Stolen directly from the Moraine Hills Website, an excerpt on the local geology:
The 48-acre Lake Defiance, located near the center of the park, was formed when a large portion of ice broke away from the main glacier and melted. Lake Defiance is gradually filling in with peat from its unstable shoreline. The lake is one of the few glacial lakes in Illinois that has remained largely undeveloped, maintaining a near-natural condition.
Pike Marsh, a 115-acre area in the southeast corner of the park, is home to many rare plants. Its outer fen area (a very rare marsh wetland) includes Ohio goldenrod, Kalm’s lobelia, dwarf birch and hoary willow, while cattails and bulrushes grow in its interior. Pike Marsh also supports one of the state’s largest known colonies of pitcher plants, which attract, trap and digest insects.
The 120-acre region known as Leatherleaf Bog is an excellent example of kettle-moraine topography. In geological terms, a kettle is a depression formed when an isolated block of glacial ice melts. The bog consists of a floating mat of sphagnum moss and leatherleaf surrounded by a moat of water. Marsh fern, marsh marigold, St. John’s wort and several species of willow put down roots here. Because both Pike Marsh and Leatherleaf Bog are dedicated nature preserves, they are protected by law.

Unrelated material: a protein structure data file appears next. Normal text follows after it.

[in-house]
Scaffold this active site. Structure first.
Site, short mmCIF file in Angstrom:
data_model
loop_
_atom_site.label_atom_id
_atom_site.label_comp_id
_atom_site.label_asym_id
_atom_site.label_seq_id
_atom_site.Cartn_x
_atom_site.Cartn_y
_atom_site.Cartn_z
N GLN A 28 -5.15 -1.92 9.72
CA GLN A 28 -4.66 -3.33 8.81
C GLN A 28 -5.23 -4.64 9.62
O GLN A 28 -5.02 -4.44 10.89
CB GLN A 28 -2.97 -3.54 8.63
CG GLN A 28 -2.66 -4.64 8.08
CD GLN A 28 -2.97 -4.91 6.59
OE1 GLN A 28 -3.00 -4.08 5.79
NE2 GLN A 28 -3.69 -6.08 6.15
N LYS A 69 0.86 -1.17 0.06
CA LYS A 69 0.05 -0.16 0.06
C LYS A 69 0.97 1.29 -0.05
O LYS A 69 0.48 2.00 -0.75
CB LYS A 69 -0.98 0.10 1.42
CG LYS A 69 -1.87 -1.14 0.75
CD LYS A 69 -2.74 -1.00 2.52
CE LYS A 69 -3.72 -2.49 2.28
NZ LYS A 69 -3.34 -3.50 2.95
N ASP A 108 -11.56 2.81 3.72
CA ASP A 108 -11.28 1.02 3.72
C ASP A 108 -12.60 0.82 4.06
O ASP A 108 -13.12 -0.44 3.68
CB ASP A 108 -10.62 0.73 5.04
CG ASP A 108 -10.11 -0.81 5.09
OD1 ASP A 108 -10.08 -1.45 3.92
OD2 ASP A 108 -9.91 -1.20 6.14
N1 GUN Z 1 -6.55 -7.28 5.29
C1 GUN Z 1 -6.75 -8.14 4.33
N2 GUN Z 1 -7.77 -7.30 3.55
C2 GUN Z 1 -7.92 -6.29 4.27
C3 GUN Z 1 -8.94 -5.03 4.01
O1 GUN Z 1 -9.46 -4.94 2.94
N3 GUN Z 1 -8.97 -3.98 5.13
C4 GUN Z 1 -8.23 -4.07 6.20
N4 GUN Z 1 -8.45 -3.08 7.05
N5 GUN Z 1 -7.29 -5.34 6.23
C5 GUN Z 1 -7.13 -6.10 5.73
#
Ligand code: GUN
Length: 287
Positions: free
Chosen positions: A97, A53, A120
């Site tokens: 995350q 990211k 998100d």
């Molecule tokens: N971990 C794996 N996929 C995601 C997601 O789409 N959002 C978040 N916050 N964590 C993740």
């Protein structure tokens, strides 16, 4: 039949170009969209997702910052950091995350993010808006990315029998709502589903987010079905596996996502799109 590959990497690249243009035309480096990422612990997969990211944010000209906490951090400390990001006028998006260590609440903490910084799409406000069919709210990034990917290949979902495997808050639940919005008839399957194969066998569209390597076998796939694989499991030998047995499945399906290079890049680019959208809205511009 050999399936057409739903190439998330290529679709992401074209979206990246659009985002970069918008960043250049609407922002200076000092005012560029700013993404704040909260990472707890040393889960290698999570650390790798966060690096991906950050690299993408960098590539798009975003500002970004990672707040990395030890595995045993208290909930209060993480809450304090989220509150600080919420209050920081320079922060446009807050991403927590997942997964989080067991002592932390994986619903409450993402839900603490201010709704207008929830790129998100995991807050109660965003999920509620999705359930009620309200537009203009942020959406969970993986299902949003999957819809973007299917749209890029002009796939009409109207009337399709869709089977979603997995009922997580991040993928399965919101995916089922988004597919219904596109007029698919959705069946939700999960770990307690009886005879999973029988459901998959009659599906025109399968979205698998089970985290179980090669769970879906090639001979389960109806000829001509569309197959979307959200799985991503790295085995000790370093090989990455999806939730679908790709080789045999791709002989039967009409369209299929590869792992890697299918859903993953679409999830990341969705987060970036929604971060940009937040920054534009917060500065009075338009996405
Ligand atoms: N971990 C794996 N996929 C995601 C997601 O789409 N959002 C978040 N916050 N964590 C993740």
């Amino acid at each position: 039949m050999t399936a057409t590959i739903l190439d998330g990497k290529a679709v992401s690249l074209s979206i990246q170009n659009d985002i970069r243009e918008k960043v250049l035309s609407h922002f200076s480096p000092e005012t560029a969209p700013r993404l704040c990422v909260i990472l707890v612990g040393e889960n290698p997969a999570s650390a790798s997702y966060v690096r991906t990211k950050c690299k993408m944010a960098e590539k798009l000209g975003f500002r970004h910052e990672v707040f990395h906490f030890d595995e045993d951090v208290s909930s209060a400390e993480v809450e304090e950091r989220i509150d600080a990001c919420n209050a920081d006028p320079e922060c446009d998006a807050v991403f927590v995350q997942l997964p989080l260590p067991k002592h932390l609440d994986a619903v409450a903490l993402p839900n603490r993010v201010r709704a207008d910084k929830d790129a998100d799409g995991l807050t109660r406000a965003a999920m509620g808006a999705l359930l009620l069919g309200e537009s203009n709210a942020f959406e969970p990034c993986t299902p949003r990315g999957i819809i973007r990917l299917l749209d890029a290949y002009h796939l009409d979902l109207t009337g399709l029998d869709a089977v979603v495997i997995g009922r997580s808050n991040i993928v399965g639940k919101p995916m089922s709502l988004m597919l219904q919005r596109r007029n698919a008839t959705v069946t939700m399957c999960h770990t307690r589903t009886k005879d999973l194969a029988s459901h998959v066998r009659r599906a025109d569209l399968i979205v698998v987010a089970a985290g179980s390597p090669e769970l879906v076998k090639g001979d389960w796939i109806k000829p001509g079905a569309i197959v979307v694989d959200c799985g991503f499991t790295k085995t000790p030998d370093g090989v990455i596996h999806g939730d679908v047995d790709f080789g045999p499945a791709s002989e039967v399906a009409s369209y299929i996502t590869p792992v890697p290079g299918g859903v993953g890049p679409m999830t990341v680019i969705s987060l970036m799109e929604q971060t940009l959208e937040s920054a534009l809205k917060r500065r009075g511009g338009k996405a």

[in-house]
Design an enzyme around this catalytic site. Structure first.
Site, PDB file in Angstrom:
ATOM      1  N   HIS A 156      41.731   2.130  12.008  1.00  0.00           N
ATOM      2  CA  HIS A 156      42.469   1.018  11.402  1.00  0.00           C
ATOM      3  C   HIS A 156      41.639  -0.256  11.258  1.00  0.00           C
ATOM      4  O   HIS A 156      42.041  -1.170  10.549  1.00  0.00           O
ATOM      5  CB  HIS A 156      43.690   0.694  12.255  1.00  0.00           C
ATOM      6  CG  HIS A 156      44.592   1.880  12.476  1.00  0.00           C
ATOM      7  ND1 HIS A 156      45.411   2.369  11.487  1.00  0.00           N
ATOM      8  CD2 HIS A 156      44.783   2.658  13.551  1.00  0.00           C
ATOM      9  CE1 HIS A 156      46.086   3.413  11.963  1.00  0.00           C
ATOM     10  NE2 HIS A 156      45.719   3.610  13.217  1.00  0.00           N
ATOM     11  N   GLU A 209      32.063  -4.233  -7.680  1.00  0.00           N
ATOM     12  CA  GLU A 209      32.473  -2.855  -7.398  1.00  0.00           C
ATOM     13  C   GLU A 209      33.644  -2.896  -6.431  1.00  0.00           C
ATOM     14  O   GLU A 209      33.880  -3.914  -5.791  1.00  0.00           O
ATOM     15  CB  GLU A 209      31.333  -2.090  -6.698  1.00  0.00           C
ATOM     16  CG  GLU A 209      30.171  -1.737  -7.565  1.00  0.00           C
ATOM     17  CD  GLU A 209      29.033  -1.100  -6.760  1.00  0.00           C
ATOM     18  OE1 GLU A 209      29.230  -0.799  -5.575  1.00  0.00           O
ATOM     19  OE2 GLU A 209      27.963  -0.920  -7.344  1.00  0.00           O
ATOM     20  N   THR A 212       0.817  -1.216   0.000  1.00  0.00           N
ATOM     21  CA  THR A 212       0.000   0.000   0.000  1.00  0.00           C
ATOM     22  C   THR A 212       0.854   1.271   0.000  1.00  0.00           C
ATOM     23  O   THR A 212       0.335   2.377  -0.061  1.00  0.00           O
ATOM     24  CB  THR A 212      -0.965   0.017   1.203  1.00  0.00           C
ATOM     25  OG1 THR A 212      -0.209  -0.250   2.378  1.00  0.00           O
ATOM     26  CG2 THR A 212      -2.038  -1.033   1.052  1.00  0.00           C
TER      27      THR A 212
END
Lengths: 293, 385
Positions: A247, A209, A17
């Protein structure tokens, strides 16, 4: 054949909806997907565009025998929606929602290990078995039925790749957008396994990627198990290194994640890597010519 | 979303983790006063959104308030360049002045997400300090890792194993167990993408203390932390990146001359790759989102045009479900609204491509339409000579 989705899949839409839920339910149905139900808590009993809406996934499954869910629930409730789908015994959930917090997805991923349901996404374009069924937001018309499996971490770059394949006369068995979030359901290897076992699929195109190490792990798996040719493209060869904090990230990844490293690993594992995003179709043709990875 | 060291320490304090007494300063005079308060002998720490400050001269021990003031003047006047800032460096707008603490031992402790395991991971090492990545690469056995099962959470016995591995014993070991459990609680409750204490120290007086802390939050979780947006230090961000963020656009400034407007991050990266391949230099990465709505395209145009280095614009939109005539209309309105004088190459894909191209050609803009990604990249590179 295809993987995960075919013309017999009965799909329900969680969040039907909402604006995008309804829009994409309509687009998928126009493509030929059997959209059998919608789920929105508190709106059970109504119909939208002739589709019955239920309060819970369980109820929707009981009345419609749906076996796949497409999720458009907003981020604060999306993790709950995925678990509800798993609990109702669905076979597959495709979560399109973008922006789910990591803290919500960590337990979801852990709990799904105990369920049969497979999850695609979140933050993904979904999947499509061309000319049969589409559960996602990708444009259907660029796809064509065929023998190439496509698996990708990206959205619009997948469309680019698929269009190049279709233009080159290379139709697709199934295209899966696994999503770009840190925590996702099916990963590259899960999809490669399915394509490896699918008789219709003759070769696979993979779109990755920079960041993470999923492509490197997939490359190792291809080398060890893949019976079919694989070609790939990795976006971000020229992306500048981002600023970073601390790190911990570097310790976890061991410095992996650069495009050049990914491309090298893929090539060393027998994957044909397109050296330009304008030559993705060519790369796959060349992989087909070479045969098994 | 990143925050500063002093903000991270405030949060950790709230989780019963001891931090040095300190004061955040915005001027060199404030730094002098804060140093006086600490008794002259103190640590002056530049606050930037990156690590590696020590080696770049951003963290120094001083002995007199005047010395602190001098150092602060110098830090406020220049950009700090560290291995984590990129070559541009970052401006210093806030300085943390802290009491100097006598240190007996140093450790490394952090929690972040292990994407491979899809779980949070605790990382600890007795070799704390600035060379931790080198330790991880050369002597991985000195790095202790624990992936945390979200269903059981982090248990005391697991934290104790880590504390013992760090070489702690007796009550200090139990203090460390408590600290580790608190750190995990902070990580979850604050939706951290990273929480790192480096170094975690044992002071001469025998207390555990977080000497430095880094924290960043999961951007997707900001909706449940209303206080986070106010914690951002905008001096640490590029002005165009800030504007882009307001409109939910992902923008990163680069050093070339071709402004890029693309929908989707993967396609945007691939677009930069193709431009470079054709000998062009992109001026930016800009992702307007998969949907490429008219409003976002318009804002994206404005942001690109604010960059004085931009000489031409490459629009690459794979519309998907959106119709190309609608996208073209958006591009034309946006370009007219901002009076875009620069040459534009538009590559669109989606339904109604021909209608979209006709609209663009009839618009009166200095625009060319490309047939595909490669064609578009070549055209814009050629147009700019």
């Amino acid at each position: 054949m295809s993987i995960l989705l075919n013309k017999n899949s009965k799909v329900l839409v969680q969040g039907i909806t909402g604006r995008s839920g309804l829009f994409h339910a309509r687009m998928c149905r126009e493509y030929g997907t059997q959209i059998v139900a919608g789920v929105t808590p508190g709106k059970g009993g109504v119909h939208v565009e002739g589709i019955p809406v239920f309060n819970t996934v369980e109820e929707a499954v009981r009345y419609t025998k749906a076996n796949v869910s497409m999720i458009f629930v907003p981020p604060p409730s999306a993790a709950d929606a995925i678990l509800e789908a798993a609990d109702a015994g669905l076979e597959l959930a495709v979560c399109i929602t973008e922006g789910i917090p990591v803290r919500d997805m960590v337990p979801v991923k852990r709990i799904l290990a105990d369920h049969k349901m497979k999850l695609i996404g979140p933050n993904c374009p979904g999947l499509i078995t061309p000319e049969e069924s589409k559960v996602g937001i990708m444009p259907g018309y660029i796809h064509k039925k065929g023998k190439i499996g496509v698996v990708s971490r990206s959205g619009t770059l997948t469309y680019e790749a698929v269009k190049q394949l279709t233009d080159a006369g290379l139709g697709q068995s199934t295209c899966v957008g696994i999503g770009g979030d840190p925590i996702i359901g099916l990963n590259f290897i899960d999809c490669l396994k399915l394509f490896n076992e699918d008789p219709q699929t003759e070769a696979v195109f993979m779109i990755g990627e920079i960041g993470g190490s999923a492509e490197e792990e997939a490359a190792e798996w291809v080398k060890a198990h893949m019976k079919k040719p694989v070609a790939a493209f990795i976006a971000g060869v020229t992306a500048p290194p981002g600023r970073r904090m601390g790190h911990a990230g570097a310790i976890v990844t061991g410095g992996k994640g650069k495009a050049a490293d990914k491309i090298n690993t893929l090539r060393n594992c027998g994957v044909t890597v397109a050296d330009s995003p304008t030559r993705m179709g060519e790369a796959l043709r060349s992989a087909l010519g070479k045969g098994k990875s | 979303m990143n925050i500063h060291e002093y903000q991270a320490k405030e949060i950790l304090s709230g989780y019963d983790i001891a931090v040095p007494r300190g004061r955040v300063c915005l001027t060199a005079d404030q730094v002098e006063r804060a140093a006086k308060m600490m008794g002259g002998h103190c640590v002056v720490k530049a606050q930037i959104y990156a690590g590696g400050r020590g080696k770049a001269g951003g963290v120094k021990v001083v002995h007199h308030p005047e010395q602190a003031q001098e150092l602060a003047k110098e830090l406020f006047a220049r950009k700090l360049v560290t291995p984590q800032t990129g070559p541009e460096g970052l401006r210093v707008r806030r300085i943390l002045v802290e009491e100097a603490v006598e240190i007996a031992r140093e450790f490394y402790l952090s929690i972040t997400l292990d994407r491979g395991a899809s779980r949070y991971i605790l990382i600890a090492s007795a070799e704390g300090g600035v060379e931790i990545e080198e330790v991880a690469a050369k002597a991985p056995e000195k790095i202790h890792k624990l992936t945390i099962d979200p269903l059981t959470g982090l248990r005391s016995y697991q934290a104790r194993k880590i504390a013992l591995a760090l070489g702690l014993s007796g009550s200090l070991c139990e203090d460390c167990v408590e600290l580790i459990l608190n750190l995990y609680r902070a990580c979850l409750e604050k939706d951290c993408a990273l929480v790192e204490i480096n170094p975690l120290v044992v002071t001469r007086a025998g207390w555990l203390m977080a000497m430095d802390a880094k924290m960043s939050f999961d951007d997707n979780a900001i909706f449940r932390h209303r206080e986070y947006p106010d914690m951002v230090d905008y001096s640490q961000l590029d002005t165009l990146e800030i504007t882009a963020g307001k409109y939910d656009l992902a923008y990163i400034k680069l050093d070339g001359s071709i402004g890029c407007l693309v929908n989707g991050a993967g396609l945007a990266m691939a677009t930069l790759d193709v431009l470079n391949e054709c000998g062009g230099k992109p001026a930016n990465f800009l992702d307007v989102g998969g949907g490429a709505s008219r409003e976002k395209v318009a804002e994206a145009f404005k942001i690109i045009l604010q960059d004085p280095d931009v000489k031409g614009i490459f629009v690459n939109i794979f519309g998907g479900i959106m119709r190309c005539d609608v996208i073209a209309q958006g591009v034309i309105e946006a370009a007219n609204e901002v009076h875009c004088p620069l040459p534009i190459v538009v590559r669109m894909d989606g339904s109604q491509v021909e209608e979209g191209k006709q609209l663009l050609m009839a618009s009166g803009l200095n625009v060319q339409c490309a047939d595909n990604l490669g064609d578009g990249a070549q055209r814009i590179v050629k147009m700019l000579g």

Moraine Hills offers three examples of wetland enhancements. Yellow-head, Black Tern and Opossum Run marshes are samples of what can be accomplished with a little help from man.
This is part of Possosum Run Marsh.
Lake Defiance in the background. Someone is waking up!
Sandhill Cranes! They are all over the place. Rumor has it that they are the true heralds of spring as they don’t migrate until the weather is truly going to turn nice.
When I was here two years ago, the water as very high and running over this part of the dam. They are working on the lock system in the background.
© Ilex ~ Midwestern Plant Girl